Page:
Steel is an alloy of iron and other elements. The hardening process creates a solution of those elements. As the steel cools, crystals form. Some of the crystals are hard carbides - combinations of the alloying materials and iron. The hard carbides are surrounded by a softer steel. To wear the tool down you have to wear the hard carbides as well as the softer steel. In some cases, the carbides simply pop out, leaving a small chip at the edge. The larger the carbide particles, the more likely they are to break away. Different alloying elements, lower levels of impurities, along with better heat treatment procedures, attempt to reduce the size of the carbide particles, reducing the danger of chips popping off the edge.
For chip prone steels, larger included angles (lower initial sharpness) usually reduce the number of chips.
Cryogenic treatments involves lowering the temperature of the hardened steel to very low temperatures (-300 F), holding it there for a specified period of time (24 hours), then raising it slowly, often reheating it (+300 F). The treatment is said to change the crystal structure of the steel, possibly producing smaller or harder carbide particles.
Some tool makers have found no gains from cryogenic treatment -- no greater wear, and presumably no reduction in the incidence of chipping. Others (must) have (or why would they bother to treat the blade?). Some claim that the cryogenic treatment can help, if the original heat treatment was bad. I have not been able to find the specifics of actual tests, just the conclusions of the blade makers.
In my testing, the cryogenic A2 blade did perform slightly better than the untreated blades (different manufacturers).
I have found one research report that uses various techniques to look at the fine structure of cryogenically treated M2 steel. The researchers show that cryogenic treatment changes the size and distribution of carbides. These changes may account for improved wear resistance noted by many researchers. Most M2 used in hand tools does not get cryogenic treatment.
This chart comes from the Unified Abrasives Manufacturers' Association and shows the grindability of various steels. Low grindability means it is hard to grind, high grindability means it is easy to grind. This chart was generated for Cubic Boron Nitride grinding wheels, but reflects my experience with Aluminum Oxide and Silicon Carbide abrasives.
In my experience harder blades -- A2, D2, M2 -- wear SiC and CrO abrasive sheets faster. With fresh 3M microfinishing abrasive sheet, all blades appear to sharpen very quickly. However, once the sheet is worn, these harder blades sharpen much more slowly. For example, a worn sheet that still sharpens an older Stanley blade reasonably quickly, might be very slow on an M2 blade.
With my jig I use about the front 3" of piece of abrasive sheet. After 10 or 15 harder irons on the 15 micron sheet I will remove the front 1-1/2" of the sheet. In this way I get 4 or 5 sets of 10 to 15 blade sharpenings in a half abrasive sheet, or between 80 and 150 blades sharpened per sheet. This works out to a penny or two per sharpening.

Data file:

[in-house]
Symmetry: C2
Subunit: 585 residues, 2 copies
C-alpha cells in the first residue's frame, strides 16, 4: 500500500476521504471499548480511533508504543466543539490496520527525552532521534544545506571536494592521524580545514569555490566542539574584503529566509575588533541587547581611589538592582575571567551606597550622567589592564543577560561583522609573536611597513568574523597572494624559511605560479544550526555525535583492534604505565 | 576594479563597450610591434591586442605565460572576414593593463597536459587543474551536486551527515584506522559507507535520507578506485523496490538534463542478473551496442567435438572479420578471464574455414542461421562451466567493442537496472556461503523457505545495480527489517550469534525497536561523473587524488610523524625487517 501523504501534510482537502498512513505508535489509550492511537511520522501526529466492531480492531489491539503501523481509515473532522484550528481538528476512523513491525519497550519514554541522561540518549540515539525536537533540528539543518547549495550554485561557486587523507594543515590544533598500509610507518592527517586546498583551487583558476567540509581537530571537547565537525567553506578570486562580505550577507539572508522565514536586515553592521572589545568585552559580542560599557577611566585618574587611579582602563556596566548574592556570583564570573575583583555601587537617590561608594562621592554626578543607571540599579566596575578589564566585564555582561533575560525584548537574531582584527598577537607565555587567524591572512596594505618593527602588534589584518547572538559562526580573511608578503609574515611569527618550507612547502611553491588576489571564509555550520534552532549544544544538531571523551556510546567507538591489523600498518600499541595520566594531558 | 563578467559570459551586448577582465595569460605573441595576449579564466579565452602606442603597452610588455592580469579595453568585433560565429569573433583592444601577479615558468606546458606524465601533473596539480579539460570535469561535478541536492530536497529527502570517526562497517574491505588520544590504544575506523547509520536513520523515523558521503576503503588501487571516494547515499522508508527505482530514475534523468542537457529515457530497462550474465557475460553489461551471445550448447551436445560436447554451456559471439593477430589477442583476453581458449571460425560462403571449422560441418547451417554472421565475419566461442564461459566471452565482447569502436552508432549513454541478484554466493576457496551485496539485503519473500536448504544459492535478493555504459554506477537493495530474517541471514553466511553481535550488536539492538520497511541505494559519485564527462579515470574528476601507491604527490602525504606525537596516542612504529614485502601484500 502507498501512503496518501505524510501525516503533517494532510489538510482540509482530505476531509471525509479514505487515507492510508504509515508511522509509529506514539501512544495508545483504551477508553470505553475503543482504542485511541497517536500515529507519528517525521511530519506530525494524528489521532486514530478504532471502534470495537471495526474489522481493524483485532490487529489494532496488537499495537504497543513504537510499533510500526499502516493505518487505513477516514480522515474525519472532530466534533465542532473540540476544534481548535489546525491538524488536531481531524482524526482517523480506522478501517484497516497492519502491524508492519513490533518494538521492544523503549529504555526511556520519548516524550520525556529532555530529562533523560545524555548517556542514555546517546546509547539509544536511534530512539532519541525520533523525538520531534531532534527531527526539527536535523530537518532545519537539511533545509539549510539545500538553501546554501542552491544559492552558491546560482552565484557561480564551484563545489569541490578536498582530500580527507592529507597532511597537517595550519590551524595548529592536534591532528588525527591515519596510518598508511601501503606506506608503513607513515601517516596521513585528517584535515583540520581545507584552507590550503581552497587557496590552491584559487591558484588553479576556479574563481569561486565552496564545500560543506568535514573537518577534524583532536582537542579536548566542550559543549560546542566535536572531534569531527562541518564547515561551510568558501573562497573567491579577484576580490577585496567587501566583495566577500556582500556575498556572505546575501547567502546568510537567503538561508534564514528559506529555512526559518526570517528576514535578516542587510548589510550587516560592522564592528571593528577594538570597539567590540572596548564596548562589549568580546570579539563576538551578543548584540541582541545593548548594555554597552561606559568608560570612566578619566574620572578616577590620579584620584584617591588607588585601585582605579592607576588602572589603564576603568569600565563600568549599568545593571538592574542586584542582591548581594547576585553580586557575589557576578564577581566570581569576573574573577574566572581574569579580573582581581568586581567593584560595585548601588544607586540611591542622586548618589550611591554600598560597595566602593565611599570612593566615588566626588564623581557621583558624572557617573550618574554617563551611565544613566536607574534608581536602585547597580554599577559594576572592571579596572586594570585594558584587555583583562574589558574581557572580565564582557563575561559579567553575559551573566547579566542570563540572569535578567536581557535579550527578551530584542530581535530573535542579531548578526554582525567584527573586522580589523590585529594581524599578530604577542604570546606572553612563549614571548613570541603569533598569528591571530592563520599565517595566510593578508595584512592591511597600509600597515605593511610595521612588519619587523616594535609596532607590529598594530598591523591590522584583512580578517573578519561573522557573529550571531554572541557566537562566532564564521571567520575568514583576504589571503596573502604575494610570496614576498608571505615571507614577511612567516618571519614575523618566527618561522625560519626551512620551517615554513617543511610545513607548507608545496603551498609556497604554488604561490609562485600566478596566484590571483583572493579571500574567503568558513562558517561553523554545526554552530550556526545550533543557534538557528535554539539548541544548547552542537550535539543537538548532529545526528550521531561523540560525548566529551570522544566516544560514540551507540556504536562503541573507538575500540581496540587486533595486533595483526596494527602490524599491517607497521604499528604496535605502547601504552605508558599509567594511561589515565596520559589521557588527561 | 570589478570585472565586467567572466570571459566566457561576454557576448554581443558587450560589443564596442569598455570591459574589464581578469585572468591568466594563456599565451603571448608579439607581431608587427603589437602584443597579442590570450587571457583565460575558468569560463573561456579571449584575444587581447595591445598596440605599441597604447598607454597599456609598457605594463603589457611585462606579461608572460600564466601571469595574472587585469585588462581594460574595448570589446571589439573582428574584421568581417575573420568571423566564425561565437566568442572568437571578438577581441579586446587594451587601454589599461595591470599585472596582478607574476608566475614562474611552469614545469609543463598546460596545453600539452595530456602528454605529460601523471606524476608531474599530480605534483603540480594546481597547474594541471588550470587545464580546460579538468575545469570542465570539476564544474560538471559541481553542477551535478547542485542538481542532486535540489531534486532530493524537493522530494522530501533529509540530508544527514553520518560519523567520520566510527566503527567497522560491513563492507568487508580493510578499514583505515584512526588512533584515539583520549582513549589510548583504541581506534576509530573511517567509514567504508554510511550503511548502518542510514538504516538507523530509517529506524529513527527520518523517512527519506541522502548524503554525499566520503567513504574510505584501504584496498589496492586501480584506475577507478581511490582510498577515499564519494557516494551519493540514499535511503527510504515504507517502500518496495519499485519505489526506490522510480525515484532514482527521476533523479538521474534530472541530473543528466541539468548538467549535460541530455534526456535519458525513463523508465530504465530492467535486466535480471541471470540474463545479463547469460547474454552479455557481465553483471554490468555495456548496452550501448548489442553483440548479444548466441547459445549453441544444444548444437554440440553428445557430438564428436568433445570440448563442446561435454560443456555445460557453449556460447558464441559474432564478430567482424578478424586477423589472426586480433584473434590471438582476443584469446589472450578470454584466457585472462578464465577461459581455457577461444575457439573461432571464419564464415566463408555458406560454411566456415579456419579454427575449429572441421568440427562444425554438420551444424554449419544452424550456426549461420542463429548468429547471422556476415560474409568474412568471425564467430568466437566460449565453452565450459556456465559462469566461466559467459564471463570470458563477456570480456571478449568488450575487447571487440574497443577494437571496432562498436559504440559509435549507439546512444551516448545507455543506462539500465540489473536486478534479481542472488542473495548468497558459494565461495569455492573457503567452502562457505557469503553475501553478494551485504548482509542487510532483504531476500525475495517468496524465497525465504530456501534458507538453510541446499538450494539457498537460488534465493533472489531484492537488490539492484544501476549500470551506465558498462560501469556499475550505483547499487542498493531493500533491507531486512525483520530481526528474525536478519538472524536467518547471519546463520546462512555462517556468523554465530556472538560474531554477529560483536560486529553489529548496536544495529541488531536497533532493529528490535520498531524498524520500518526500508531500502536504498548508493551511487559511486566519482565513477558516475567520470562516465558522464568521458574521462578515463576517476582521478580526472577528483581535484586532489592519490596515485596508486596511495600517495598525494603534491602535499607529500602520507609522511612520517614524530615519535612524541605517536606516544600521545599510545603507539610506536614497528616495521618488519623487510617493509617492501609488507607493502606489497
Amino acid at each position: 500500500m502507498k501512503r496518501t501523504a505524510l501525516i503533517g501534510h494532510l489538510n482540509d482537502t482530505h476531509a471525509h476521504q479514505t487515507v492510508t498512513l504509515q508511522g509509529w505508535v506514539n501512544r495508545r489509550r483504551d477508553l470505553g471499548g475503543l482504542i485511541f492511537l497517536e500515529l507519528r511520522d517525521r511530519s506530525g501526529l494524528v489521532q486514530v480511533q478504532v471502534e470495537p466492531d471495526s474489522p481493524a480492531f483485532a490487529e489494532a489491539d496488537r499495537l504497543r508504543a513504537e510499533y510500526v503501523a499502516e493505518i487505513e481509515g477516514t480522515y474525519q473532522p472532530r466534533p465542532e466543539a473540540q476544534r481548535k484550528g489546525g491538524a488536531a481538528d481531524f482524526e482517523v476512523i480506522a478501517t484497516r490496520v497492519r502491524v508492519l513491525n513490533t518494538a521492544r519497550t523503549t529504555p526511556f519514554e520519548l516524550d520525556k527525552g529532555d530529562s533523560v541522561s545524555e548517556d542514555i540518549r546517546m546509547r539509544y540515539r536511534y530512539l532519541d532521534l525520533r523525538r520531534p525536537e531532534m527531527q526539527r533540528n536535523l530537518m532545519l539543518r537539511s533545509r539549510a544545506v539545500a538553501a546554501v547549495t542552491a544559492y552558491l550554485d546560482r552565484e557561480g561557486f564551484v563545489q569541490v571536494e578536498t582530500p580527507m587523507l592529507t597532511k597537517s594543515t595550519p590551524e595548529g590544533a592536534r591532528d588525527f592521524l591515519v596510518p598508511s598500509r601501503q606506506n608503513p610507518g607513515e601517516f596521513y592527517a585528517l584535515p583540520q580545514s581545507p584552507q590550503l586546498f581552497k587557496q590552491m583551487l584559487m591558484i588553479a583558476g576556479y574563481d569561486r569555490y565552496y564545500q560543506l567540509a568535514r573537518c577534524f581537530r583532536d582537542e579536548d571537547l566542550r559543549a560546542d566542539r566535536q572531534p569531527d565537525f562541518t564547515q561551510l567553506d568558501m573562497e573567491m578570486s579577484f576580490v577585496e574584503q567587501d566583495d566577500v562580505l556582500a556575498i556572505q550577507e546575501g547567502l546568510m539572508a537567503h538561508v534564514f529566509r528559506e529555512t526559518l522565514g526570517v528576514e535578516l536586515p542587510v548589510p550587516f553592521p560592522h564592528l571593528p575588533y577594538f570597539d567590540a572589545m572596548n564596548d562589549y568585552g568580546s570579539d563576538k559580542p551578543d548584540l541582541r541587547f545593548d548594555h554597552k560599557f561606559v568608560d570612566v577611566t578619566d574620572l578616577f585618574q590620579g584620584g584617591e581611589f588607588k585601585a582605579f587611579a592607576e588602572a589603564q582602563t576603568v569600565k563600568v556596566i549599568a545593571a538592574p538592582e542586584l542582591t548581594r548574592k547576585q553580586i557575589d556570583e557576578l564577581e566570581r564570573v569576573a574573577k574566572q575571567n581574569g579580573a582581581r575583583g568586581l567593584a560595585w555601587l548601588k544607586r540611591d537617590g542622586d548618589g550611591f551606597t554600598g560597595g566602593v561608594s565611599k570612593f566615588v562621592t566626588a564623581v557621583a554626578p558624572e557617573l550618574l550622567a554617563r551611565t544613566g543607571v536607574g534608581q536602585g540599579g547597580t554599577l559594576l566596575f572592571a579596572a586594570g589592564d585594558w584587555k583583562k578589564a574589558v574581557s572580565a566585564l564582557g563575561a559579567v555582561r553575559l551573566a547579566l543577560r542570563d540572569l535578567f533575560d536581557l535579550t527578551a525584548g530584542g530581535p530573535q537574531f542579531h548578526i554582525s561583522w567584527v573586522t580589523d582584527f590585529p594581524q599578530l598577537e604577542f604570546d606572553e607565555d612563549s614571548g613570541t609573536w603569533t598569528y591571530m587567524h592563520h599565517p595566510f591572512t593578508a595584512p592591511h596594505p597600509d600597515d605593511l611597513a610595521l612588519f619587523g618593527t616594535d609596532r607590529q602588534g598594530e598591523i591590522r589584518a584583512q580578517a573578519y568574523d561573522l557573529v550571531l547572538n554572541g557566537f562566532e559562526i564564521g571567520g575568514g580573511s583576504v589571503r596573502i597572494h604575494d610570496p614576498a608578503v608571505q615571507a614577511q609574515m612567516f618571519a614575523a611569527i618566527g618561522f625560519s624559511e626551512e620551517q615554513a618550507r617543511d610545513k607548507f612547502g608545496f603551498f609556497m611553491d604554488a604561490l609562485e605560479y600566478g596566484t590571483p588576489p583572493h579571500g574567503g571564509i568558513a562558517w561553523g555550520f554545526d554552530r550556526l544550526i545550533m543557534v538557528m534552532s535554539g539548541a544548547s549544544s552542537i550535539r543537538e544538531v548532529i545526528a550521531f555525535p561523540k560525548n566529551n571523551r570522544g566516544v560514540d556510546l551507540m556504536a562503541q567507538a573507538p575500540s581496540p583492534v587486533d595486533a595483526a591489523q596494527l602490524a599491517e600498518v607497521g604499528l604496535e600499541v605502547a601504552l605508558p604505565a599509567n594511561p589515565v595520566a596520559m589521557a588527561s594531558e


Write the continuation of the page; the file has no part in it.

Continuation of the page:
The 5 micron and 0.5 micron sheets are used up much more slowly.
However, if you use other abrasives, specifically AlO type abrasives (oil stones, water stones) your experience may be quite different. As long as you hone only a small area near the edge of the blade, these abrasives may do a pretty good job. If you try to work a larger area you may not actually get a fine finish on the edge even after quite a bit of time -- these abrasives are softer, not as sharp, so do take more time. There are stories of Japanese woodworkers spending a long time on their edges. This has two benefits. First, it gives the stone time to remove all the required metal. This could be true. I have not seen any microscope pictures of such edges. (I am looking into this effect - a background project.)
I have done some work with Silicon Carbide bench stones. This page discusses the increased effort required to form the primary bevel on harder blades.
I (and others) measure sharpness by pushing the blade into a piece of thread. Seems silly, but this is actually what you are doing when you are planing, except that the thread is replaced by wood cells.
When you are planing into rising grain (the wood cells angle up in the direction of planing) then the pressure you put on the wood cell is resisted by the wood cells behind. A duller blade means more pressure which means more work but makes only a very slight difference in final appearance (a slightly greater tendency to crush rather than cut the wood fibres).
When you are planing into falling grain (the wood cells angle down in the direction of planing) then the pressure you put on the wood cell to cut it is resisted mainly by the adhesion between wood cells. A duller blade means more pressure which can result in this adhesion failing and tearout.
A finisher blade of M2 sharpened to a final front bevel angle of 26 degrees rather than 31 degrees, used only in tricky situations, might give you the durability you want with the sharpness you have to have in final finishing.